Grainy footage appears to capture kidnapping of son of Mexican cartel leader ‘El Chapo’

Police officers stand guard at a checkpoint near Nayarit, Mexico, on Wednesday after the kidnapping this week of a son of Sinoloa cartel head Joaquin "El Chapo" Guzman.
(Ulises Ruiz Basurto / EPA)

Grainy footage aired on Mexican media appears to capture in cinematic fashion the moment when gunmen stormed an upscale restaurant and kidnapped six men — including Jesus Alfredo Guzman Salazar, a son of Joaquin “El Chapo” Guzman, the imprisoned head of the Sinaloa cartel.

The website of Mexican news outlet El Universal late Wednesday posted the silent footage, apparently taken from security cameras at the targeted La Leche restaurant in the coastal resort city of Puerto Vallarta.

Earlier, Mexican media had shown still images from the footage in a breach of the investigation labeled “irresponsible” by Eduardo Almaguer, prosecutor for Jalisco state, which includes Puerto Vallarta.


Also circulating in the Mexican media was a photo, purportedly found in one of a number of seized cellphones, showing Mexican actress Kate del Castillo posing with Guzman Salazar. It was not clear when the photo was taken; its authenticity was not confirmed.

Last year, Del Castillo helped arrange a clandestine meeting in Mexico between the then-fugitive cartel boss and Sean Penn, the Hollywood actor and director. Penn later wrote about the encounter in an article for Rolling Stone magazine.

A major question in the case is how alleged high-level traffickers who routinely travel with teams of bodyguards could be nabbed by surprise without a shot being fired.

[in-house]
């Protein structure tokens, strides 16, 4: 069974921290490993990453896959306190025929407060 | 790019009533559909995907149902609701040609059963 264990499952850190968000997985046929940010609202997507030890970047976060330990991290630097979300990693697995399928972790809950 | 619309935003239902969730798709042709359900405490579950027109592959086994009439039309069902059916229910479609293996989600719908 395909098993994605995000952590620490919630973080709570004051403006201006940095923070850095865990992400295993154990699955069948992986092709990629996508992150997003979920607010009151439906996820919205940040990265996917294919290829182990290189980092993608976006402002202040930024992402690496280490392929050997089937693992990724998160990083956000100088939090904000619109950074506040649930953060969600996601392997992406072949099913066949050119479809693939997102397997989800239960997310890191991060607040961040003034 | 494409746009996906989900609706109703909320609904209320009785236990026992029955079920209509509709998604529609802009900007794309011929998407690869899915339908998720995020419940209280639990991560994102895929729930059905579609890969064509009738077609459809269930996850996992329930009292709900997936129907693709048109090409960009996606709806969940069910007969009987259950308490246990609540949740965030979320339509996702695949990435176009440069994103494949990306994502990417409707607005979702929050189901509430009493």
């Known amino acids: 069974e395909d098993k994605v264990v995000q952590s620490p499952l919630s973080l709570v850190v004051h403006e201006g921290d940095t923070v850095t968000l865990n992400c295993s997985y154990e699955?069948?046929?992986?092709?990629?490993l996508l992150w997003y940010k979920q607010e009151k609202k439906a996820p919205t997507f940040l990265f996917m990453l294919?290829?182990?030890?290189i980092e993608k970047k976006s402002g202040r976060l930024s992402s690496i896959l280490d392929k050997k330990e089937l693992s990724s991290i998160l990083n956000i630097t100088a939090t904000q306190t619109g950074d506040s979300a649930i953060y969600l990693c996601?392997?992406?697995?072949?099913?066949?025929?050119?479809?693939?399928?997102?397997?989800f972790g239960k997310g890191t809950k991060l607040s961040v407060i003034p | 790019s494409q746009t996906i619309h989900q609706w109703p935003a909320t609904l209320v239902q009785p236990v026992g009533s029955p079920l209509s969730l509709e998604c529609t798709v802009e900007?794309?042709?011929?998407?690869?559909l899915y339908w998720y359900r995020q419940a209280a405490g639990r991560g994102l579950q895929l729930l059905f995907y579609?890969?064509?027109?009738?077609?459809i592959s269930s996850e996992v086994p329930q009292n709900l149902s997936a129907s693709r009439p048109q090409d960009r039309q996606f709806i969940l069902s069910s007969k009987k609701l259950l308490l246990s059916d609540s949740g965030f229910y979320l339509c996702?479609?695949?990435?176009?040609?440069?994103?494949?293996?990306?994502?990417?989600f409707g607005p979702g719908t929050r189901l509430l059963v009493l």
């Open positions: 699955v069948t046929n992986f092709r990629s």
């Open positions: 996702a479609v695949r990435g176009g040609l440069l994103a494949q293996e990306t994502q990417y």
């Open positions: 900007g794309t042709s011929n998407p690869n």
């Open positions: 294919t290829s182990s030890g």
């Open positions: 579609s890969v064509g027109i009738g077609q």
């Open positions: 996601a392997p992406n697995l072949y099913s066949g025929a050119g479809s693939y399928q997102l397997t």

Initially, the security footage shows restaurant patrons crouching for cover below a rectangular table as several armed assailants burst into the dining area, commando-style, at about 1 a.m. Monday.

Glasses are scattered on the table at a celebratory get-together of 16 people, all linked to Guzman’s Sinaloa cartel, prosecutors say.

A second take, likely from a different security camera and apparently recorded earlier, shows a male patron standing near the door of the restaurant while chatting on his cellphone. He appears to look through the entrance and turn away just before armed attackers rush into the establishment. Four gunmen pass by him before subduing the table full of revelers.

It is unclear if the man on the phone was initially so distracted by his call that he was unaware of the assault — or was trying to be inconspicuous in the hope that he might be able to slip out the door. If his intent was the latter, the strategy failed.

A fifth assailant, wearing a baseball cap and wielding a rifle, stopped the man on the phone from exiting the restaurant; the gunman seems to direct a confederate to hold the man at gunpoint.

The footage shifts to a scene of a number of captive men, hands behind their heads, being herded to the entrance of the restaurant and being forced to kneel.

All six kidnap victims were taken away in a pair of SUVs, Mexican authorities say. Their fates remain publicly unknown.

Seven attackers were involved in the storming of the restaurant, Mexican authorities say. Prosecutors suspect a rival group, the Jalisco New Generation cartel, was behind the strike.

There has been speculation in the Mexican press that one restaurant patron may have escaped since authorities say 16 were at the celebration, yet only 15 have been publicly accounted for — the six men kidnapped and nine women who were not taken.

Mexican authorities have not confirmed reports that a second son of Guzman, Ivan Archivaldo Guzman Salazar, known as “El Chapito,” after his father’s moniker, may have managed to slip away. Ivan Archivaldo is the older brother of Jesus Alfredo, the kidnapped son.

U.S. authorities have called the sons high-level operatives in Guzman’s Sinaloa cartel and are seeking them on drug trafficking and other charges. Their father was recaptured in January after a spectacular jailbreak last year from a Mexican prison and is fighting extradition to the United States.

Cecilia Sanchez of the Los Angeles Times’ Mexico City bureau contributed to this report.


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